When considering how to thwart threat actors and protect IT assets against cyber attacks, many organizations take an inherently defensive approach. Locking down systems and assets with protective tools and procedures like firewalls, employee training, and incident response plans makes sense. However, in today’s high-volume and sophisticated threat landscape, intruders continue to innovate and find ways past defenses.
A modern cybersecurity strategy must include efforts to think like an adversary and mitigate any weaknesses before they get exploited. This article provides a definitive guide on the discipline formally referred to as offensive cybersecurity. Keep reading to learn what offensive security is and the key methods for executing an offensive cybersecurity program.
What is Offensive Security?
Offensive security is a strategy that aims to emulate the tools, tactics, and techniques used by real threat actors in an effort to improve an organization’s cybersecurity. By testing defenses, simulating real-world attacks, and looking for other gaps, the intelligence gleaned from offensive security helps companies outmaneuver malicious actors.
Offensive security is not a new concept. The nascent days of computing in 1972 saw James P. Anderson pioneer the idea of penetration testing as a practical way to evaluate data security safeguards. While sometimes used synonymously, penetration testing and offensive security are not the same—there are multiple methods to consider in any offensive strategy and pen testing is just one of them.
Relying on defensive tactics tended to work well when there was a clearly defined boundary between companies’ internal networks and the Internet. But digital transformation initiatives like cloud computing changed the game by dissolving this boundary and transferring many important IT assets to the internet. Furthermore, the popularity of for-profit cyber crime and the low barriers to entry make it even tougher for defensive strategies to keep malicious actors at bay.
Offensive vs Defensive Security: An Either or Choice?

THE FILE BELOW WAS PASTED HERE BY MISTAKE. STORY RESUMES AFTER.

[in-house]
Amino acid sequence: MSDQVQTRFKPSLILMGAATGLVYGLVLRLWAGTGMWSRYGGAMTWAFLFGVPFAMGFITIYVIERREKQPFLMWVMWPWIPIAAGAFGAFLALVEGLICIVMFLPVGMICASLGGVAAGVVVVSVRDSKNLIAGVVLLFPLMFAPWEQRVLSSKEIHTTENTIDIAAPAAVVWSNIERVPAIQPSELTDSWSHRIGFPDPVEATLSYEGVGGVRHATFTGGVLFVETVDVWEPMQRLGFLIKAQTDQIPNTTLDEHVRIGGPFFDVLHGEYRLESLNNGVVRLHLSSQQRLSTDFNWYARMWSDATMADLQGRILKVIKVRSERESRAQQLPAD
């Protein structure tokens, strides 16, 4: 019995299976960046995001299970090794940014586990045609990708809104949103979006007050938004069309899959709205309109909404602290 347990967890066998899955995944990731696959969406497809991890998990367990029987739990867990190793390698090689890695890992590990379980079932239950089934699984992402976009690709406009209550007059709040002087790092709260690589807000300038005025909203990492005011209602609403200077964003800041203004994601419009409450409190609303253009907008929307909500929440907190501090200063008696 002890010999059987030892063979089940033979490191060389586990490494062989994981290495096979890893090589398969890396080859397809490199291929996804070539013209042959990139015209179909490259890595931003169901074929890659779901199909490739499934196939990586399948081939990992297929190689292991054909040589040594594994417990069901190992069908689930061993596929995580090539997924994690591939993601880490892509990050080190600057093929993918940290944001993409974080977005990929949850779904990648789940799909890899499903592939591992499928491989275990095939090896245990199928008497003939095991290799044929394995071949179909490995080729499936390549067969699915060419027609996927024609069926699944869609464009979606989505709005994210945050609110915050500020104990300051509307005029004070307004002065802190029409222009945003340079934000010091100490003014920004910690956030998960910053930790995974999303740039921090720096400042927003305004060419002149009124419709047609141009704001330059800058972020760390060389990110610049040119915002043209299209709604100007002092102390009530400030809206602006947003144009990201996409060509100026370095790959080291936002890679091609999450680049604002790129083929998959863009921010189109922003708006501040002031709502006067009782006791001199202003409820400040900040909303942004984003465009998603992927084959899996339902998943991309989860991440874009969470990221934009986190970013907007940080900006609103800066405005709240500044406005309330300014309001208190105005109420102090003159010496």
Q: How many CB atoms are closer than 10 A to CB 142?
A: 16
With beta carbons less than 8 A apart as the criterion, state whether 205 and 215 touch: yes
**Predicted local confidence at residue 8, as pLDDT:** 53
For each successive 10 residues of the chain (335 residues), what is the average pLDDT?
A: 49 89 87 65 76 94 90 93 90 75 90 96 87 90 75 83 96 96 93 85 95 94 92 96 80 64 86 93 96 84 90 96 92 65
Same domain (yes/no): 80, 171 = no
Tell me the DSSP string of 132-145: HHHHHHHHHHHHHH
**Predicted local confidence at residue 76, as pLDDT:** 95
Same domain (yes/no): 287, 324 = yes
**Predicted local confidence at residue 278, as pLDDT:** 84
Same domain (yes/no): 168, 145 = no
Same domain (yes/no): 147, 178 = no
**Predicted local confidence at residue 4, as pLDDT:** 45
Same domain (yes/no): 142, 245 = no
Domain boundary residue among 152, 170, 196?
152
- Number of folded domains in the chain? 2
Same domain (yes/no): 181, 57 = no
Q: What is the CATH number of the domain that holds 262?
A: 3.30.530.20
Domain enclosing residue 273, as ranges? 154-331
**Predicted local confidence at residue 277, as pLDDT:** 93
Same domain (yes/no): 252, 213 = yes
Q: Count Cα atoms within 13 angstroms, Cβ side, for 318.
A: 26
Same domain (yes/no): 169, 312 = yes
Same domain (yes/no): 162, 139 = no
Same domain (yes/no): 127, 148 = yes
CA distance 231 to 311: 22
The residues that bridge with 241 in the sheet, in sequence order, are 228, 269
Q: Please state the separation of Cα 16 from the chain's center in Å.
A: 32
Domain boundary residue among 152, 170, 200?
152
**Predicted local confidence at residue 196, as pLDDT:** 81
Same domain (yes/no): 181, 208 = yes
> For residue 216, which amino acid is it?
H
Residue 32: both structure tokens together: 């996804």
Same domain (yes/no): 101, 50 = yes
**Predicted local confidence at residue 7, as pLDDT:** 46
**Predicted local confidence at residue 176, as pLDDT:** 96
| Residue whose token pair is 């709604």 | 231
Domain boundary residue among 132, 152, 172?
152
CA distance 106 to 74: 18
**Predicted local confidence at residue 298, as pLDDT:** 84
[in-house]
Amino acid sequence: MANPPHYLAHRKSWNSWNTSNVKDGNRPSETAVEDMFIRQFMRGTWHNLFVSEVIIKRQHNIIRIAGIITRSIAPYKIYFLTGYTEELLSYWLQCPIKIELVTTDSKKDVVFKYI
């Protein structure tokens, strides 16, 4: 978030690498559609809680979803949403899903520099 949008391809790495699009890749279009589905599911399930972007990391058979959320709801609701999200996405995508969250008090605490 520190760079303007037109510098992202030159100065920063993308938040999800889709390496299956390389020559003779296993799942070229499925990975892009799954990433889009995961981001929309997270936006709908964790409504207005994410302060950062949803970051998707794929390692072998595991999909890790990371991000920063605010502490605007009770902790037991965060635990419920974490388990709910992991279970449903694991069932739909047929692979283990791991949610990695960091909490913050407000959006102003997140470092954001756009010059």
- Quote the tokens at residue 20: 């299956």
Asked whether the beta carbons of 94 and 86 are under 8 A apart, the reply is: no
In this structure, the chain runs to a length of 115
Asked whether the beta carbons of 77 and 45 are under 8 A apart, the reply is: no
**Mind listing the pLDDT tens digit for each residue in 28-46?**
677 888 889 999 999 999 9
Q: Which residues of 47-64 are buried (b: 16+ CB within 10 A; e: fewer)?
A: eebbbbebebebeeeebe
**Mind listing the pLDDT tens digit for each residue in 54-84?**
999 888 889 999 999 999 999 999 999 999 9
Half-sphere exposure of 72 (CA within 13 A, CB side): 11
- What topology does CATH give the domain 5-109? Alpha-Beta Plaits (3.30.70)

Framing offensive and defensive cybersecurity as an either-or choice is not a helpful way of approaching security. Any effective and robust strategy should balance both offensive and defensive methods.
If you completely avoid defensive elements such as firewalls, access control, encryption, endpoint protection, SIEM systems, incident response, etc, you’re essentially inviting threat actors in with zero defensive shields to protect your important systems and data. Similarly, negating offensive security means you’ll only find out if there are ways to circumvent your defenses in the event that a genuinely nefarious actor manages to get inside your network, which is not exactly a proactive way of dealing with threats.
Key Methods for Offensive Security
Now that you’ve established the preemptive value of offensive security, what are your options?
A vulnerability assessment is a basic yet useful type of offensive security engagement. Typically, you’ll run automated vulnerability scans against applications, infrastructure, or devices in order to find exploitable flaws in them. You can then rank these vulnerabilities in order of severity and devise a plan to mitigate the most severe ones. The best type of mitigation is to apply a security patch, but if that’s not possible, you’ll need to use a workaround that hardens the vulnerable system against a potential exploit.
Penetration testing is a type of offensive security engagement in which one or more ethical hackers simulates a cyber attack against a system to evaluate its security and unearth as many weak points as possible. The system in question could be a web application or your internal network. Assignments vary in type depending on the level of info provided to the ethical hacker: